MRTA Vs MLTA: Which Do You Need?
Buying a home is a huge commitment and will take the average homeowner up to 35 years to fully repay. Hence, you should be protecting this investment even when you are no longer around to finish paying for it due to unforeseen circumstances.
Providing a home for your family or dependents is a good thing, but if the home loan is not settled in full, it can turn into a burden for your loved ones in the event of death or total permanent disability (TPD) if you don’t have mortgage insurance.
A mortgage insurance policy frees the borrower’s dependents from any debt as it is designed to pay off the remaining debt on repayment mortgages in the event of death or TPD.
In practice, customers who borrow money from financial institutions in Malaysia will find that their loan approvals are tied to their signing up for a mortgage insurance policy.
Just like any other life insurance policy, you need to pay a set amount of premium for a mortgage life insurance policy. If you pass away while the policy is in effect, the insurance company pays off your mortgage. Your spouse or beneficiaries can then live in the house debt-free without having to worry about making any mortgage payments.
Which mortgage life insurance do I need?
In Malaysia, there are two types of mortgage life insurance available – Mortgage Reducing Term Assurance (MRTA) or Mortgage Decreasing Term Assurance (MDTA) and Mortgage Level Term Assurance (MLTA).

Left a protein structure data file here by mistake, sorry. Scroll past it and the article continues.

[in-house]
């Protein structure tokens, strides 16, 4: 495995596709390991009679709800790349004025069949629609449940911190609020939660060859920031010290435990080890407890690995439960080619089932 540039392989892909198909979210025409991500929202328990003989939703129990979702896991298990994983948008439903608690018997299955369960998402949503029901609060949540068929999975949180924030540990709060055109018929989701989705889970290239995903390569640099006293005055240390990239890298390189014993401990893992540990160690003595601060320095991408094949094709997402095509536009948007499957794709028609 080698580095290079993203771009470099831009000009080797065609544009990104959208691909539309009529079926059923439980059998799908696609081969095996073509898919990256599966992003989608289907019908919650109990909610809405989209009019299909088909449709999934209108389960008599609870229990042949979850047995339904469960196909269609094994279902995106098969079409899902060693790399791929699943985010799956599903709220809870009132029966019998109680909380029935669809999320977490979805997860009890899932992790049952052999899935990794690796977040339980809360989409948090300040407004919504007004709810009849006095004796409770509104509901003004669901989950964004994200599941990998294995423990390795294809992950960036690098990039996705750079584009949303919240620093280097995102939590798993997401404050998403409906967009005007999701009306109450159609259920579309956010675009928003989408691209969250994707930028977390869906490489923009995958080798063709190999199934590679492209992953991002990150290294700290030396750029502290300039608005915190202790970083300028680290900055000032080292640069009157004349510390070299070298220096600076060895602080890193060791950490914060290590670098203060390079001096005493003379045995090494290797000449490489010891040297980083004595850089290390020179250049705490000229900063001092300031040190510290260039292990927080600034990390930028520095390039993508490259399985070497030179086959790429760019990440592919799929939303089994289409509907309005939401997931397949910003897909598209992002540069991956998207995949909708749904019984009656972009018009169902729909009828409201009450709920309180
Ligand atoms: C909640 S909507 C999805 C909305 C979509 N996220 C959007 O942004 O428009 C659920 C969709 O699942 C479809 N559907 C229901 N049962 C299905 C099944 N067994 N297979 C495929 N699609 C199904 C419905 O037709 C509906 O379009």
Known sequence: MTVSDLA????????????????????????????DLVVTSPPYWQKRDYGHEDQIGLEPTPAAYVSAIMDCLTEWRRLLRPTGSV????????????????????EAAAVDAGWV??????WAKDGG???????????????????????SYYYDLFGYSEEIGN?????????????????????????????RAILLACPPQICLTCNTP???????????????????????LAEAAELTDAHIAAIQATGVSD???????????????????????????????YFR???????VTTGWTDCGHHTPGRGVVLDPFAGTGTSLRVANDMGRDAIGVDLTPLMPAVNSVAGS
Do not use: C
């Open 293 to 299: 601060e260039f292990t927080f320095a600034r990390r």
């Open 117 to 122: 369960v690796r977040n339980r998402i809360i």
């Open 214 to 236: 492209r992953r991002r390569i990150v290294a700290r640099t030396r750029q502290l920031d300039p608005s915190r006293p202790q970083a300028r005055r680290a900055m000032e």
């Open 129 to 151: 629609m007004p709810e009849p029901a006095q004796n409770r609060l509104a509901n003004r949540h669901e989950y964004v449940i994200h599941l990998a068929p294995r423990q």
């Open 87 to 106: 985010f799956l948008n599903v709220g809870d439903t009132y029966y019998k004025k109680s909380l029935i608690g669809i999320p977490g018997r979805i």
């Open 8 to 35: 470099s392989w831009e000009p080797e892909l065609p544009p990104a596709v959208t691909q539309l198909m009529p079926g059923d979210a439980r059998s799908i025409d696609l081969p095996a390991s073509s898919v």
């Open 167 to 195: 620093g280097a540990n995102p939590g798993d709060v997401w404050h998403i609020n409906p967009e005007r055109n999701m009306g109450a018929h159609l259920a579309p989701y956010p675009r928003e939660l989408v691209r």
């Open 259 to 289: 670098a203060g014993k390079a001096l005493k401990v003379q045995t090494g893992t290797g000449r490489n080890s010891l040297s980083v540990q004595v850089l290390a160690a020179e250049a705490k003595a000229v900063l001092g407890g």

However, MRTA and MLTA are often misunderstood. Which do you need as a homeowner?
MRTA is a life insurance plan with decreasing sum assured over time, and it used just to cover your home loan owed to bank. This plan is usually offered by the bank you are getting the mortgage from, as it is used as protection for the bank in case of misfortunes that stop you from servicing the loan.
On the other hand, MLTA is a slight variation from MRTA and offers an alternative for a borrower who is looking for a life insurance which offers protection plus savings and in some policies returns on the premium. This is a personal plan that you purchase separately through an insurance broker or agency, where you and your dependents are financially protected when you are no longer around, or have lost the ability to generate income.
Here are the major differences between MRTA and MLTA:
|Purpose||Protection||Protection, saving & cash value|
|Protection||Sum insured reduces according to loan tenure.||Sum insured remains the same on a fixed level sum assured basis.|
|Nomination||Beneficiary is bank.||Beneficiary can be anyone.|
|Financing||Usually financed into home loan.||Usually self-financed.|
|Payment||Lump sum||Periodic (monthly, quarterly, semi-annually or annually)|
|Cash value||None. It has a reducing cash value, which drops to RM0 at the end of the loan tenure.||Yes. It has a fixed cash value (guaranteed) throughout the loan tenure.|
|Claim||Insurance company will pay the loan balance to the bank & the beneficiary will receive the home.||Insurance company will pay the loan balance to the bank & beneficiary will receive the home plus cash.|
The MRTA is most suitable for those who have adequate standalone life and medical insurance, and do not have many financial dependents. This type of insurance will only take care of your home loan, if it is not fully repaid in the event of TPD or death. The sole beneficiary of the policy is the bank, not your family members. However, your family get to inherit the property without having any bank loan attached.